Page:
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What does the future hold for packaging designers?
The packaging industry is evolving, consumer purchasing habits are changing, so what does the future of packaging design hold?
Since the 1930s plastic has played a major part in the food and drink industry. Will we ever see a plastic-free mainstream UK supermarket in our lifetime?
A small supermarket in Amsterdam has already managed it, selling more than 700 products such as milk in glass bottles, loose fruit and veg, and fresh items wrapped in compostable plant-based materials. We’re gradually adjusting to the new carrier bag laws, when we remember to take our ‘bag for life’ to the shops. Will there be a case for taking our own fruit and veg containers to fill up in future, just like ‘pick your own’ strawberry farms in the summer, or how our parents and grandparents used to shop with fruit and veg sold in brown paper bags?
Packaging companies are constantly innovating to ensure they can meet the demands of their customers and advise them on more environmentally friendly solutions when it comes to packaging their products. One of the companies we’ve worked with, Coveris, have recently launched a revolutionary plastic-free sandwich packaging that is more easily recycled within the UK infrastructure: https://www.coveris.co.uk/blog/coveris-launches-revolutionary-plastic-free-sandwich-skillet And recently a new hyper-compostable, fully-edible drinks straw has been launched to potentially replace single-use plastic straws: https://www.foodbev.com/news/pernod-ricard-supports-loliwares-launch-of-edible-straws/
Other pioneering work in the packaging industry includes creating biodegradable plastic out of egg whites from waste eggs and extracting keratin from waste chicken feathers to add to biopolymers to produce full recyclable, biodegradable packaging. There has recently also been a development in the innovation of a fully biodegradable cellulose, which is thought to be one of the more challenging aspects of plastic packaging, used as the film seal for the top of ready meal trays for example. The German ministry of agriculture is currently funding a project to create sustainable, biodegradable and potentially edible packaging from algae.*
If we are potentially facing a packaging-free or at least a packaging-reduced food and drink industry, how will this affect packaging design and branding? Will consumers be driven not by branding, colour or imagery, but more on the environmental characteristics or recyclable qualities of the packaging? For example, one of the more prominent packaging stories last year featured Marks & Spencer replacing labels on their avocados with laser-markings, showing best before date and origin, removing the need for any packaging or label materials.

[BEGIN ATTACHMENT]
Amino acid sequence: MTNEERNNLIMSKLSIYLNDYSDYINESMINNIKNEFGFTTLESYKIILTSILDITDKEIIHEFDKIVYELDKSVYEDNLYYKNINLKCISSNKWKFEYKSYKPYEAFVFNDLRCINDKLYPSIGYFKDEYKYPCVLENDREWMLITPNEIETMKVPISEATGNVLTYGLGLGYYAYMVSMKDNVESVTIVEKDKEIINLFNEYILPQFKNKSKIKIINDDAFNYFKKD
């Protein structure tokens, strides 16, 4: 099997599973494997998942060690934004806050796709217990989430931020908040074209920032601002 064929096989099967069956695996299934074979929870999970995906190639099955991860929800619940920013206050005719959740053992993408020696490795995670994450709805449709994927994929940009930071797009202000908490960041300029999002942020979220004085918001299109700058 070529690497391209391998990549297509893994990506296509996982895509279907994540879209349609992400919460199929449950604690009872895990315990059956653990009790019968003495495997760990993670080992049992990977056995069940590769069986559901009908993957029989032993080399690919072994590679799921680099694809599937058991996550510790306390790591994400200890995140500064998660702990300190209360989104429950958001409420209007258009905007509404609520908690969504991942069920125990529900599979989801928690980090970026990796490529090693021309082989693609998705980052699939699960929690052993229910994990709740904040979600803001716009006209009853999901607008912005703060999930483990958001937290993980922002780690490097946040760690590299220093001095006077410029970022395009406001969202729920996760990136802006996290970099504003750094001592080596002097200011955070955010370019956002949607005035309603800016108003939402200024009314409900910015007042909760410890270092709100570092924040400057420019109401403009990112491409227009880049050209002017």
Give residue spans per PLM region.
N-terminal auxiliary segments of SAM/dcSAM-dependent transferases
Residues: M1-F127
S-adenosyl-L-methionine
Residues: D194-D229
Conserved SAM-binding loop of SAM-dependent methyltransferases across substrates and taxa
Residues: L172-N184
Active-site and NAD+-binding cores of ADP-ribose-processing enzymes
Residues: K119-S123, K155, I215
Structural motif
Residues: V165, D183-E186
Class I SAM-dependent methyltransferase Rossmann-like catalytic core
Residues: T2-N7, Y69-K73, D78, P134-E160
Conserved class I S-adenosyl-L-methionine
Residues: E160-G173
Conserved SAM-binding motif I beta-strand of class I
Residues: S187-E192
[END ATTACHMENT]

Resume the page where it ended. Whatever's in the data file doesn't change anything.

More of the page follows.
As graphic designers, our challenges will be ever greater, with potentially smaller surface areas to work with or reduced print specifications. Will we go back to black print on a brown bag for instance? Or single colour print on a clear glass bottle? Does this mean brands will need greater stand out through point of sale and merchandising in-store or online and not be so reliant on their packaging to stand out on-shelf above their competitors? With online shopping removing the ‘real life’ shelf-browsing factor, it will be come even more important for the brand qualities to be communicated by other methods, such as consumer advocacy or brand influencers.
We may also find we have larger print areas to design with and brand a product, for instance if plastic or glass bottled drinks, often with smaller labels, move to cans with a potentially larger surface area for graphics. (As seen in our latest packaging design for St Peter’s English Ale in cans for export to Canada – where craft beer in cans is more popular, partly due to the reduced environmental impacts versus glass bottles).
As designers we relish these challenges and look forward to opportunities to work with our clients to produce responsible effective solutions, whatever the boundaries.
* Sources: The Grocer magazine, 24 March 2018
The Finishing Post Design & Marketing Consultants are a full service creative agency based in the East of England. Specialising in packaging design, retail point of sale and offering the full range of marketing support including branding, exhibition design, digital marketing, advertising and literature.
Enjoy the festivities!
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